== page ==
Setting Up a C Corp: Everything You Need to Know
If you are considering setting up a C Corp, know that a C Corporation is a business structure that is considered to be legally separate from its member-owners.3 min read
What Is a C Corporation?
Members of a C Corporation don't have to worry about the company becoming a personal tax liability. However, this type of business structure is more complicated than a limited liability company. All businesses formed as a C Corporation must have both shareholders and a board of directors.
A business structured in this way is required to be registered with the state in which they are conducting business and adhere to all corporate laws in that state. It is highly recommended that you initially establish your business in the state you live in. In most cases, this will be done with your state's Secretary of State office.
C Corporations are considered to be independent entities, responsible for their own taxes and paying special tax rates that are specific to corporate entities. Similar to an LLC, a C Corporation may consist of only a single person, so long as that person is of legal age in their state.
Advantages of a C Corporation
- In a C Corporation, owners are not held responsible for any financial losses the company may incur. The only financial risk an owner has is their personal investments. This is true for all members of the company, including employees and directors. C Corporations are entitled to a number of special tax deductions. In fact, it is entirely possible for your company to have less than $50,000 in taxable income after claiming deductions. Your salary as an owner, for example, as well as employee wages, are all tax-deductible.
- A C Corporation is required to include shareholders. This means you have the option to take the company public if you choose to, as well as offering stock and stock options to your employees. C Corporations are not owner based and are continued by the board of directors. That means should anything happen to the founder or owner, the business will continue to operate as normal as long as the board remains in place.
- Forming your business as a C Corporation provides you with the option of putting a medical reimbursement plan in place. This allows the company to deduct any medical payments, up to a fixed amount set by the corporation, from its income taxes. Additionally, shareholders and employees can be offered these benefits tax-free.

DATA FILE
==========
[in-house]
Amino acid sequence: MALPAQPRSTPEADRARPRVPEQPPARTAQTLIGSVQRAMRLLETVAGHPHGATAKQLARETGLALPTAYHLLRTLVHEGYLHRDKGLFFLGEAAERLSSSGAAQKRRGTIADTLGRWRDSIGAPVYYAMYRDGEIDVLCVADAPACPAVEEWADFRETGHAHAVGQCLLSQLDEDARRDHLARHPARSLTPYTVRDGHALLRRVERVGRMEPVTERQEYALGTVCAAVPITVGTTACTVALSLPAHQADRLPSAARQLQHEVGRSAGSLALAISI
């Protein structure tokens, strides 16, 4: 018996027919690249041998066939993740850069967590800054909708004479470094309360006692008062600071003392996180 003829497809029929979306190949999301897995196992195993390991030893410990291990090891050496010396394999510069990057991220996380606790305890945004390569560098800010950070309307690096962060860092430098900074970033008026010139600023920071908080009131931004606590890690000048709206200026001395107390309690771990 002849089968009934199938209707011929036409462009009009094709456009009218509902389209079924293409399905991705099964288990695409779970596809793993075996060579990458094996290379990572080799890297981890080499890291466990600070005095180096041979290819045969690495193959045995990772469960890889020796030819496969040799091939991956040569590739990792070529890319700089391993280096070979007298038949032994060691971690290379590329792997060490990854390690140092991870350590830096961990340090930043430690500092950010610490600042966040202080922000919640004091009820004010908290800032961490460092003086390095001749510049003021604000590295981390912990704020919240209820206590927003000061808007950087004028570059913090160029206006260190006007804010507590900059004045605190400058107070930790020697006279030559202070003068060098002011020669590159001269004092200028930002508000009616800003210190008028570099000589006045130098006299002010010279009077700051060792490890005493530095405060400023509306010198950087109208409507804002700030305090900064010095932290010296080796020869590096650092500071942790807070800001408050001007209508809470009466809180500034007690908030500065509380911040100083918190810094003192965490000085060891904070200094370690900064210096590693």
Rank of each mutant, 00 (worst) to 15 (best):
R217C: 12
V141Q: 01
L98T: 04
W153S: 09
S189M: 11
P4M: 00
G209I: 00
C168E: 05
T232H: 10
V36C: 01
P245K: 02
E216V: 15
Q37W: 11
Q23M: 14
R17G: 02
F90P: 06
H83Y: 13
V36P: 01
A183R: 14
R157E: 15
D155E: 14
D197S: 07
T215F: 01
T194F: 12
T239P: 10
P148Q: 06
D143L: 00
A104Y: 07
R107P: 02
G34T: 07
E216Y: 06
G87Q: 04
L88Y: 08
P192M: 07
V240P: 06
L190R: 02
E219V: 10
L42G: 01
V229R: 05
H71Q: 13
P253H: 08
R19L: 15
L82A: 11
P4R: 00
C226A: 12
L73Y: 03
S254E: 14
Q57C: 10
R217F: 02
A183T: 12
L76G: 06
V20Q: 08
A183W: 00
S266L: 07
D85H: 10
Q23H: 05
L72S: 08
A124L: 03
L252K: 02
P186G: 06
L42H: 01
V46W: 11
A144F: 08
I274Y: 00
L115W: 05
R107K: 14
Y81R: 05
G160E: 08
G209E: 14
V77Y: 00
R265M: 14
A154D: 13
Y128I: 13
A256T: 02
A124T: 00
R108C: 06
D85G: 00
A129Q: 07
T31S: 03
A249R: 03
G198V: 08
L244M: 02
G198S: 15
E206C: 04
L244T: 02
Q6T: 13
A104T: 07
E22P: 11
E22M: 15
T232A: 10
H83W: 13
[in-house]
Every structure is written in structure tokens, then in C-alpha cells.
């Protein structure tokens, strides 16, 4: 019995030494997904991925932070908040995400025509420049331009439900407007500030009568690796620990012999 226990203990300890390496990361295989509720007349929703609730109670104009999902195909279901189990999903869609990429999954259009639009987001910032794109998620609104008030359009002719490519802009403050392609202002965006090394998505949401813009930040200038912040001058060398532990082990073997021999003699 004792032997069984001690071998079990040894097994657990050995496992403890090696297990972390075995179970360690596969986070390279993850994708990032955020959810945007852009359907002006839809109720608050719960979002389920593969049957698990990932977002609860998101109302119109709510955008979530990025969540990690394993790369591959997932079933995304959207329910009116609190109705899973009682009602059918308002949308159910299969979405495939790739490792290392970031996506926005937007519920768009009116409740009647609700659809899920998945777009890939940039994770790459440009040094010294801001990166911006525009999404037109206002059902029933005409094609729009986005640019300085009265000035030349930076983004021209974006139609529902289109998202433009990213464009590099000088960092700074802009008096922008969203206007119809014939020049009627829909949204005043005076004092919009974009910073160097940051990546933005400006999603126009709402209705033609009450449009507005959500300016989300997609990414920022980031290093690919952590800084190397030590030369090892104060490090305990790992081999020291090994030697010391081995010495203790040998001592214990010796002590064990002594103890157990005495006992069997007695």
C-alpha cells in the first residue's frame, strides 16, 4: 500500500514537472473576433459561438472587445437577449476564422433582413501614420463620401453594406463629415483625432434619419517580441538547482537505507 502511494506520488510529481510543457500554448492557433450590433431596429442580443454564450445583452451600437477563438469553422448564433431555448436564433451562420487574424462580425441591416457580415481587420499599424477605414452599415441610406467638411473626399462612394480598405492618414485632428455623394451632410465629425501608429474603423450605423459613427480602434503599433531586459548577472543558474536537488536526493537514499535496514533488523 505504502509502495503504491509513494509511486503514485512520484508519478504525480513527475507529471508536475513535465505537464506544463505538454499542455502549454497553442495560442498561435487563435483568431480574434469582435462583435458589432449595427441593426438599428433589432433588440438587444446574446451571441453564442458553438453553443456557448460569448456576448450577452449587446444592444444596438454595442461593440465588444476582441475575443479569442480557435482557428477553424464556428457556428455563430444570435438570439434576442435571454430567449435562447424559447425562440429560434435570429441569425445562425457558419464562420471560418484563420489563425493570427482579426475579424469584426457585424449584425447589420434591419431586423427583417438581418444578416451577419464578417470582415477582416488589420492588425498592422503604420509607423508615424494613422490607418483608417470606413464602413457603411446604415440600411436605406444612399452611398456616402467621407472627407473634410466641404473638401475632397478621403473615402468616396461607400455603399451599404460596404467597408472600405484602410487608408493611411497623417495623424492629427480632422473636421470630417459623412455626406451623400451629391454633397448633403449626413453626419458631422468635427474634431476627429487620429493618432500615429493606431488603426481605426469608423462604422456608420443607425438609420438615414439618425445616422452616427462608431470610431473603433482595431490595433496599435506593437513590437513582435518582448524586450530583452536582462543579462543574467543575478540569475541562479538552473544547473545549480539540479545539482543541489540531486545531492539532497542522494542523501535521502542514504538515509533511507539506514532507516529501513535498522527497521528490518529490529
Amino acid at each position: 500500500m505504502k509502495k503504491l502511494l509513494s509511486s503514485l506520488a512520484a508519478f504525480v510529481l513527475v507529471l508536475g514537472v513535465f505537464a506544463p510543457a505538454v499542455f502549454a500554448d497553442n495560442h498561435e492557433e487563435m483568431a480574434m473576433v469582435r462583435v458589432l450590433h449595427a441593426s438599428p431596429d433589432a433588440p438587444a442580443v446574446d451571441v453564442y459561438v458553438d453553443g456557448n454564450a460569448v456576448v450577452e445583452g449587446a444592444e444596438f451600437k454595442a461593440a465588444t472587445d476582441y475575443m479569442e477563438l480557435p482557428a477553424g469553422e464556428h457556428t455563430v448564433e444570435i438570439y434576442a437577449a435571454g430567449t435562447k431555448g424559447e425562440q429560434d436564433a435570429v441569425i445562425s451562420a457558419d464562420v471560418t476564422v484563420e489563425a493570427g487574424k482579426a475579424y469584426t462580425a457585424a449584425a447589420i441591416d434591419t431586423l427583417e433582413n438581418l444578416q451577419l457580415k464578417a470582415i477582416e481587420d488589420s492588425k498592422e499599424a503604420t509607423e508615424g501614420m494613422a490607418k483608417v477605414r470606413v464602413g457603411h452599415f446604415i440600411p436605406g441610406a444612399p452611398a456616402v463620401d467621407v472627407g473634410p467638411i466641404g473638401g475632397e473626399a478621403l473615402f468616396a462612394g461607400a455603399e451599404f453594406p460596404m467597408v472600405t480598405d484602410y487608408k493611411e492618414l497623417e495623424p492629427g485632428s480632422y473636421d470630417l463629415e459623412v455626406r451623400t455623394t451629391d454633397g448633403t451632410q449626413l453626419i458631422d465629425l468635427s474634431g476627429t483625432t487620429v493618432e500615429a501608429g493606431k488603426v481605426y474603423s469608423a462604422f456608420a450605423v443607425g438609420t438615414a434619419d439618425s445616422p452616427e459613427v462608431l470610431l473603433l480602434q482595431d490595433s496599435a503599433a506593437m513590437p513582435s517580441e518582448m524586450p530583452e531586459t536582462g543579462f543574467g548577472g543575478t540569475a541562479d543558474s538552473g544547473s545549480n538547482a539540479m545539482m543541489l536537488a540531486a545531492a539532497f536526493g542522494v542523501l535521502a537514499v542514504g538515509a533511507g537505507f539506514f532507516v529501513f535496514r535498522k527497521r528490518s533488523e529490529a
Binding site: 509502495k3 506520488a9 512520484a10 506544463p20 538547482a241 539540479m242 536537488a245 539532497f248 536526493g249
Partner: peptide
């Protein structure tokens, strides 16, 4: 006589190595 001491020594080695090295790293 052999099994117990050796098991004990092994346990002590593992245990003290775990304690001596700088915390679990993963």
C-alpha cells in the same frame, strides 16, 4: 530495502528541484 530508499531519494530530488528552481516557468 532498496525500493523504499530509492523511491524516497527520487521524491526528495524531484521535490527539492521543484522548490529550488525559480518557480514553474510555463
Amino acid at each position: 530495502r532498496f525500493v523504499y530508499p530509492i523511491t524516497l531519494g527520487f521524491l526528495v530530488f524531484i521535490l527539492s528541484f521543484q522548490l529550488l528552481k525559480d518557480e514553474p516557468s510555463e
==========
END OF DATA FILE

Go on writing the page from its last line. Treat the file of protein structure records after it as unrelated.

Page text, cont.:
- If your business requires a large amount of startup or expansion funding, usually more than $5 million, C Corporations have the option of reaching out to venture capitalists for assistance. Most of these investors are particularly interested in contributing to C Corporations due to their flexibility when it comes to making ownership agreements and arrangements.
- If you are interested in taking your company public for trade on national exchanges like the New York Stock Exchange, your company is required to be organized as a C Corporation. This offers the opportunity for nearly unlimited growth through stock sales. While C Corporations have no limits placed on them regarding the number of shareholders they can have, once the company has a total of 500 shareholders and $10 million in available assets, you must register with the SEC under the Securities Exchange Act of 1934.
Disadvantages of a C Corporation
- As far as taxes are concerned, C Corporations are much more complex than sole proprietorships and LLCs. You're going to need financial backing, business advisors, and tax advisors to help you set up and maintain a business with this type of structure.
- In some situations, you may face double taxation. For example, if you issue dividends to shareholders out of company profits, the company is required to pay taxes on those profits and the shareholders will be expected to pay personal taxes on the dividends received. One way to counteract this is if your shareholders are also employees, tax shelter additional profits by offering better medical benefits, dental options, and the like. Another option is to issue bonuses or increase salaries, which the company is allowed to claim as a tax deduction.
- You will most likely require the assistance of an accountant when filing corporate tax forms and returns. These are extremely complicated and will most certainly require an accountant. The company will also be expected to pay federal taxes no later than March 15 every year, which is a full month before your individual federal taxes are due.
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